Dick Morris and  Eileen McGann

It’s easy to see the disguises that the Democratic Party is planning to don for Halloween. Not this year, but in 2009, after they have elected Hillary as president and as many as 58 Democratic senators. (Possible takeaways in Minnesota, New Hampshire, Maine, Oregon, Virginia, Nebr aska, Colorado and New Mexico.)

While we can only speculate on the taxes they are planning to increase — “everything” would be a safe bet — it is becoming clear how they will dress the tax increases up to make the radical change they will, in fact, represent seem moderate and reasonable, even necessary to protect the “middle class.”

Put the pieces together:

Why are the Democrats adopting a one-year patch for the Alternative Minimum Tax (AMT) rather than a long-term fix?

And why are liberal leaders like Sen. Charles Schumer (D-N.Y.) opposing closing the loophole that protects private equity hedge funds? And why is Ways and Means Committee Chairman Charles Rangel (D-N.Y.) pushing for a broad-based fix closing capital gains treatment for all partnerships, not just for hedge funds, even though he must realize that such broad-based reform can’t pass?

And why did Senate Majority Leader Harry Reid (D-Nev.) and other Democratic leaders hail the action of the Budget Committee as representing a tax cut when all it did was to include in its long-range plans the renewal of some, but scarcely all, of the Bush tax cuts that will sunset in the next four years?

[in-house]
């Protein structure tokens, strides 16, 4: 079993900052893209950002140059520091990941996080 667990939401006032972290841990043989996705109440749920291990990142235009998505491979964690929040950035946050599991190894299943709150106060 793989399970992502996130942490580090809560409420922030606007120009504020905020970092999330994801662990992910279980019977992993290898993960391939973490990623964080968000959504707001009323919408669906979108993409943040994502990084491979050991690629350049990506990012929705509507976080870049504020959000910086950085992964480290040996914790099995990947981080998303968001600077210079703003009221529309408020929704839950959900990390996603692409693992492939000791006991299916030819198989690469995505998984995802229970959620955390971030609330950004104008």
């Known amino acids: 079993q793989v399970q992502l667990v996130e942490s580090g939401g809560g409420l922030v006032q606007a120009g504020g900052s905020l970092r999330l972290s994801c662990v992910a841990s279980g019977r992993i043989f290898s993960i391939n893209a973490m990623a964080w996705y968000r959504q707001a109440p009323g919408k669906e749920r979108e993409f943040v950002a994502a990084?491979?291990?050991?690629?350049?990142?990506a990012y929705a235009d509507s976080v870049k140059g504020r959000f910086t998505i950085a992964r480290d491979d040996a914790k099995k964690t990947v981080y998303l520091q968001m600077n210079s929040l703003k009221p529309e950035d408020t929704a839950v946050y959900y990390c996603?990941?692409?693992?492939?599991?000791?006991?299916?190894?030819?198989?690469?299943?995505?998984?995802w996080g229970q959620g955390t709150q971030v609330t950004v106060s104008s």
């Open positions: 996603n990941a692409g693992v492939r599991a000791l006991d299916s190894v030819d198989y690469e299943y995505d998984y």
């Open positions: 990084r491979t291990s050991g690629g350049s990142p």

The answer is that the party is concocting an elaborate costume with which to disguise its coming mammoth tax increases.

Once the Democrats firmly control both ends of Pennsylvania Avenue, they will probably:

Raise the top bracket on the income tax back up to 40 percent from its current 35 percent.

Increase the Capital Gains Tax from its current 15 percent to 30 percent or, perhaps, eliminate it entirely and tax these gains as ordinary income (at 40 percent).

Double, triple or perhaps eliminate the ceiling on FICA taxes so that instead of taxing only the first $99,000 of income, the levy covers a much higher portion of earned income.

Repeal much of the rollback in estate taxes passed by Bush.

The combined effect of these increases will be horrific, and will probably trigger a recession. As Election Day 2008 nears, it is easy to anticipate massive sell-offs of stocks and real estate in anticipation of a Democratic increase in capital gains rates.

So, to induce America to swallow their tax poison, the Democrats understand the need to camouflage their intentions and hide the m in the rhetoric of middle-class tax cuts.


Dick Morris and Eileen McGann

Dick Morris, a former political adviser to Sen. Trent Lott (R-Miss.) and President Bill Clinton, is the author of 2010: Take Back America. To get all of Dick Morris’s and Eileen McGann’s columns for free by email, go to www.dickmorris.com